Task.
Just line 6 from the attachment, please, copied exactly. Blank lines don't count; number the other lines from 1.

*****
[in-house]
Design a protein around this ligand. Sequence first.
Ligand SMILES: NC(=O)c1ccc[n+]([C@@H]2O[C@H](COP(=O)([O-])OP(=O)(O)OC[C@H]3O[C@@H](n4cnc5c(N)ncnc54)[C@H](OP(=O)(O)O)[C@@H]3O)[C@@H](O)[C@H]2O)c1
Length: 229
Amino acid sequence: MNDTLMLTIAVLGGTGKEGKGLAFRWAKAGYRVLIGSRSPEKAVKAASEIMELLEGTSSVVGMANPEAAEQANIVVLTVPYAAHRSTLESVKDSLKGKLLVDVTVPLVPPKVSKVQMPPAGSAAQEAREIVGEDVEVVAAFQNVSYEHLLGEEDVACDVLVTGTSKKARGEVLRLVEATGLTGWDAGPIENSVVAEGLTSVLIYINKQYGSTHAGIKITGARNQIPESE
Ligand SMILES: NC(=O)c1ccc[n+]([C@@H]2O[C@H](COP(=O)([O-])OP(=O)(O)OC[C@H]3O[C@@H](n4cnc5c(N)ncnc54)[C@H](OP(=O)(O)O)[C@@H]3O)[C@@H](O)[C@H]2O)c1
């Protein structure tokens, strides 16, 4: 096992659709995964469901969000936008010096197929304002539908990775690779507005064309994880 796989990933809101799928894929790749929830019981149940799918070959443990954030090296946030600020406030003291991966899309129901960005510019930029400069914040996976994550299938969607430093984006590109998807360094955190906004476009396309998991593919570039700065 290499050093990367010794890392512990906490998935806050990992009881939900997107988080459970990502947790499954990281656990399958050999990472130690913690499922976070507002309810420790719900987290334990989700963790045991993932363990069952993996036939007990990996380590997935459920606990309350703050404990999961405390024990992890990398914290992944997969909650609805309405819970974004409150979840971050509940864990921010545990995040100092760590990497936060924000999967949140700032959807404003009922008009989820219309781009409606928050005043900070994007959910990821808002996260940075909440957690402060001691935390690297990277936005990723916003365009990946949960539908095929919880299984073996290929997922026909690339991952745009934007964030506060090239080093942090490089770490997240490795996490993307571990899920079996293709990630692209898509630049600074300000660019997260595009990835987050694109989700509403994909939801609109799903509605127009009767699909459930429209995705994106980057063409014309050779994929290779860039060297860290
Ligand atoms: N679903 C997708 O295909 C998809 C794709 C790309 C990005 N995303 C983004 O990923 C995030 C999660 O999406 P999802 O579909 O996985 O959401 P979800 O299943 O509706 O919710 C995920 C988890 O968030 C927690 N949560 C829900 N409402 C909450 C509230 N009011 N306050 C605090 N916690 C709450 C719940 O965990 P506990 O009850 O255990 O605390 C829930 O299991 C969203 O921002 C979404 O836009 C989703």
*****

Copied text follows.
Ligand SMILES: NC(=O)c1ccc[n+]([C@@H]2O[C@H](COP(=O)([O-])OP(=O)(O)OC[C@H]3O[C@@H](n4cnc5c(N)ncnc54)[C@H](OP(=O)(O)O)[C@@H]3O)[C@@H](O)[C@H]2O)c1